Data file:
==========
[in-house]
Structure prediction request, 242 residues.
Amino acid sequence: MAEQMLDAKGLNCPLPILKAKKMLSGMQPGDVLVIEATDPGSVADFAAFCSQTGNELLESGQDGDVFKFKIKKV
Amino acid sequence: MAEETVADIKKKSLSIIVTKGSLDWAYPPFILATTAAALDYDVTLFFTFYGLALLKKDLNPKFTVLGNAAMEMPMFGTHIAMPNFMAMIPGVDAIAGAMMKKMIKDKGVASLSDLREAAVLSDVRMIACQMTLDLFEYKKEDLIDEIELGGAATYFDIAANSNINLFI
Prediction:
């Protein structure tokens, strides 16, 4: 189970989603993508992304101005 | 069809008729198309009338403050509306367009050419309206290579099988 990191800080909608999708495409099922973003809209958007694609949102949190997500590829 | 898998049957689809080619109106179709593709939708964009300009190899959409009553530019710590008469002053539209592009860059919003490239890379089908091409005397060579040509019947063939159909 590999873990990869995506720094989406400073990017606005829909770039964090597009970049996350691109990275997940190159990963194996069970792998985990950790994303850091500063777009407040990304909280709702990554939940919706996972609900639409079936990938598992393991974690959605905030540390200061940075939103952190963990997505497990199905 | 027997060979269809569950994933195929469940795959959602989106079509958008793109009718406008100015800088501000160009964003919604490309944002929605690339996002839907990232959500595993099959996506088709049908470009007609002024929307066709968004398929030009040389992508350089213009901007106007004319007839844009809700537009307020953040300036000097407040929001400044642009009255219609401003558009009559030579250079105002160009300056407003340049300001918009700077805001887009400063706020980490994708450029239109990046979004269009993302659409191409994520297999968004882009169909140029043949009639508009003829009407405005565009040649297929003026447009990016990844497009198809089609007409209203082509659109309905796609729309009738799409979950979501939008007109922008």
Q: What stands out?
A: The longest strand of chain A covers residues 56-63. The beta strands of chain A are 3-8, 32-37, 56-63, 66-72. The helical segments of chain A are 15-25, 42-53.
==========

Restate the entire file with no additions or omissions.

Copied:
[in-house]
Structure prediction request, 242 residues.
Amino acid sequence: MAEQMLDAKGLNCPLPILKAKKMLSGMQPGDVLVIEATDPGSVADFAAFCSQTGNELLESGQDGDVFKFKIKKV
Amino acid sequence: MAEETVADIKKKSLSIIVTKGSLDWAYPPFILATTAAALDYDVTLFFTFYGLALLKKDLNPKFTVLGNAAMEMPMFGTHIAMPNFMAMIPGVDAIAGAMMKKMIKDKGVASLSDLREAAVLSDVRMIACQMTLDLFEYKKEDLIDEIELGGAATYFDIAANSNINLFI
Prediction:
């Protein structure tokens, strides 16, 4: 189970989603993508992304101005 | 069809008729198309009338403050509306367009050419309206290579099988 990191800080909608999708495409099922973003809209958007694609949102949190997500590829 | 898998049957689809080619109106179709593709939708964009300009190899959409009553530019710590008469002053539209592009860059919003490239890379089908091409005397060579040509019947063939159909 590999873990990869995506720094989406400073990017606005829909770039964090597009970049996350691109990275997940190159990963194996069970792998985990950790994303850091500063777009407040990304909280709702990554939940919706996972609900639409079936990938598992393991974690959605905030540390200061940075939103952190963990997505497990199905 | 027997060979269809569950994933195929469940795959959602989106079509958008793109009718406008100015800088501000160009964003919604490309944002929605690339996002839907990232959500595993099959996506088709049908470009007609002024929307066709968004398929030009040389992508350089213009901007106007004319007839844009809700537009307020953040300036000097407040929001400044642009009255219609401003558009009559030579250079105002160009300056407003340049300001918009700077805001887009400063706020980490994708450029239109990046979004269009993302659409191409994520297999968004882009169909140029043949009639508009003829009407405005565009040649297929003026447009990016990844497009198809089609007409209203082509659109309905796609729309009738799409979950979501939008007109922008």
Q: What stands out?
A: The longest strand of chain A covers residues 56-63. The beta strands of chain A are 3-8, 32-37, 56-63, 66-72. The helical segments of chain A are 15-25, 42-53.